This one is special. Without metalworking, the modern world simply wouldn’t be possible. It’s also special because, unlike masonry, a lot of metalworking’s early history is based around chemistry.

The likely first metal to have been worked was gold. It has the lowest oxidation level of the seven metals known to the ancients, which means that gold can be found in nature as (almost) pure nuggets. It is easy to bend, and you really only need stone tools to work with it.

After gold, copper and tin were each extracted from the earth. As early as 7000 BCE, metalworking was being carried out in South Asia. Iraq, though, wins the award for having the oldest archeological evidence of copper mining and working. A copper pendant was discovered there.

3. Making roads go in a straight line, putting all the smiths in one place and rich people in another, prettier place, and putting important buildings in the middle

City planning today is perhaps one of the most under appreciated professions there is. How often do you hear someone say,

Photo by Paulo Barcellos Jr.

Photo by Paulo Barcellos Jr.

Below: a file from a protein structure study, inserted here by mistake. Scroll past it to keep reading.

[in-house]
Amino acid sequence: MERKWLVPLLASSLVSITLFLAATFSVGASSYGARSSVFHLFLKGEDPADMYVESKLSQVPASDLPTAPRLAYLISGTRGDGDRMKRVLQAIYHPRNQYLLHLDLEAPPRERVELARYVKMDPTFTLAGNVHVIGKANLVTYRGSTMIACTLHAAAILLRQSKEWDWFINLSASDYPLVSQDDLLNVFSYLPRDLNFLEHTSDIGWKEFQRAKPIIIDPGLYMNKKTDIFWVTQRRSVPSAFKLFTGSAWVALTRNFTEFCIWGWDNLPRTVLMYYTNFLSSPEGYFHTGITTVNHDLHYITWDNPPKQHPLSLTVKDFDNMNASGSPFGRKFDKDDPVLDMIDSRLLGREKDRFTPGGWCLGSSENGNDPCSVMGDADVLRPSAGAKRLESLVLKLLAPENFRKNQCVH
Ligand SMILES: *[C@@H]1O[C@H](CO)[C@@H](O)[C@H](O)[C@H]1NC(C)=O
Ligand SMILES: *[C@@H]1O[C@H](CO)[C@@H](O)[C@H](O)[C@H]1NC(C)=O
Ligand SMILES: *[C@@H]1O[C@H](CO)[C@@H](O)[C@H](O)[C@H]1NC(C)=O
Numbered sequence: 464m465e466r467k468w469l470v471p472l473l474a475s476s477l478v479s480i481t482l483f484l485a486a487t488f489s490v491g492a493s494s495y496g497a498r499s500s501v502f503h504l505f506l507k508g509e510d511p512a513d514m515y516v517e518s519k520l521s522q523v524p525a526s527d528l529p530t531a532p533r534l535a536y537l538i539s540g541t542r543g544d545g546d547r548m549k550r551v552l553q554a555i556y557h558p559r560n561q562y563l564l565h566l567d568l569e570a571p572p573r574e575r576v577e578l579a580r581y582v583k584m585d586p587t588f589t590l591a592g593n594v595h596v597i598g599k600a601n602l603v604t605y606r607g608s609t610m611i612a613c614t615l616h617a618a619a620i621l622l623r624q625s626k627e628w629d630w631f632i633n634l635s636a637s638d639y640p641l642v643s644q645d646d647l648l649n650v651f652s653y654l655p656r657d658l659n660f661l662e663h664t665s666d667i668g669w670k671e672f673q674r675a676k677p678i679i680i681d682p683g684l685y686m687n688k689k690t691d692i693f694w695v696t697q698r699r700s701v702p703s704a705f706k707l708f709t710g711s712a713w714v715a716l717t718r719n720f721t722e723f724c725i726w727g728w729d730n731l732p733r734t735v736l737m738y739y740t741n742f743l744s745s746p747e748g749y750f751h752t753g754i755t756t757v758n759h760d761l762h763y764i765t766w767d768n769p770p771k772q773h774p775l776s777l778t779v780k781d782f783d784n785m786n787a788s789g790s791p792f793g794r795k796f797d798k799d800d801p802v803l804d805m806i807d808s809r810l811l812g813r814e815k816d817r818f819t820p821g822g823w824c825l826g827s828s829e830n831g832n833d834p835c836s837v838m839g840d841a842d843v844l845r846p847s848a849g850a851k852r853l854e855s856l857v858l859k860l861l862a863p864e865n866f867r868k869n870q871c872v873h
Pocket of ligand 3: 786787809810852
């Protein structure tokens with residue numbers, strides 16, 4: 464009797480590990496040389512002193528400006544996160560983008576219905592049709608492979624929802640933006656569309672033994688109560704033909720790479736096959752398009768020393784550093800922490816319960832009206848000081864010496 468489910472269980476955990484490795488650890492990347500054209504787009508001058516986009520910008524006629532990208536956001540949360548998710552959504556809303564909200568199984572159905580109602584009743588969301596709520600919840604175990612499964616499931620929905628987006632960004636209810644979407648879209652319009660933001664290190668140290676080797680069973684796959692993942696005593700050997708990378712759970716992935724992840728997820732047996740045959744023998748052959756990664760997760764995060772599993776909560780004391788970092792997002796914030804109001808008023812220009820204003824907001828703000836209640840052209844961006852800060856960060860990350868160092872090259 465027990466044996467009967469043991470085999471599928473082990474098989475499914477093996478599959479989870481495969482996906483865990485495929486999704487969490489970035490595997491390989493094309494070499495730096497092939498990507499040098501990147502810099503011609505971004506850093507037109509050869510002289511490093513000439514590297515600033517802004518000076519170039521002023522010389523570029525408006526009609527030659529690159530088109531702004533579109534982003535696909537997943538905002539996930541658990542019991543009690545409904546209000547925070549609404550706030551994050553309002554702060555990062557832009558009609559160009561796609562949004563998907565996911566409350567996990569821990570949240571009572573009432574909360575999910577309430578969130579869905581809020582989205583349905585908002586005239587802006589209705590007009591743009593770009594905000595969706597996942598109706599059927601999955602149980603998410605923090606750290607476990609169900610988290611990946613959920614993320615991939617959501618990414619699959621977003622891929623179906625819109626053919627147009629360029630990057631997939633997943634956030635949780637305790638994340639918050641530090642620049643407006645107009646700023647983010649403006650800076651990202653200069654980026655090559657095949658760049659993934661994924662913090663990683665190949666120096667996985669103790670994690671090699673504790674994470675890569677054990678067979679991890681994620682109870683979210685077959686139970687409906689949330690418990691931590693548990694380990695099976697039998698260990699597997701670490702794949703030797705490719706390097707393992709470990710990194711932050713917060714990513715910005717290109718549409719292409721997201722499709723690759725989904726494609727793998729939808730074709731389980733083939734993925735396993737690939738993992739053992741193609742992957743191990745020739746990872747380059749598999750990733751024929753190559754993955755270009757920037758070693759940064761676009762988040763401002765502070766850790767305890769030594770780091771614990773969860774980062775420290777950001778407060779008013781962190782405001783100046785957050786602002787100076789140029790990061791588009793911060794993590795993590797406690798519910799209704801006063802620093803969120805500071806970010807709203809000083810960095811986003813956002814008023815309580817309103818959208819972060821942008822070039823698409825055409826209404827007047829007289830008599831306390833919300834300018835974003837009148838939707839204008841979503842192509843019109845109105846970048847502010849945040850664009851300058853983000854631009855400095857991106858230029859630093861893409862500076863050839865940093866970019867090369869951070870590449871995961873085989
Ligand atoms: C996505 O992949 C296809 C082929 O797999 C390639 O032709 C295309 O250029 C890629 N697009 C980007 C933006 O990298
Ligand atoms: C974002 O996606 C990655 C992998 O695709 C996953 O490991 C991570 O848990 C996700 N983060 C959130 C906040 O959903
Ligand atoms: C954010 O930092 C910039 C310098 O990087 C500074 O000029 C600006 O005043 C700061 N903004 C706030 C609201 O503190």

“Here’s my daughter, the urban designer?” If you answered often, then you run in a very exclusive circle of people.

The first examples of city planning can be found everywhere, literally everywhere: China, India, Egypt, Asia Minor, the Mediterranean world, and North and South America. Once governments became powerful enough to impose order on urban chaos, they did.

Without city planning, intricate transportation networks simply wouldn’t be possible. Every city would look like Washington D.C., except even less intuitively planned. The economies of ancient states would never have taken off. Empires would’ve never been born.

2. Drawing shapes on stone, papyrus, or paper, and then telling everyone what those shapes mean

Photo by Biblio De Tours.

Photo by Biblio De Tours.

Writing allows humans to pass information along to one another effectively. It also allows us to communicate, in a rudimentary sense, to people we will never see. The spread of knowledge around the world and generations down the line has given our species a rich understanding of the world and our place in it.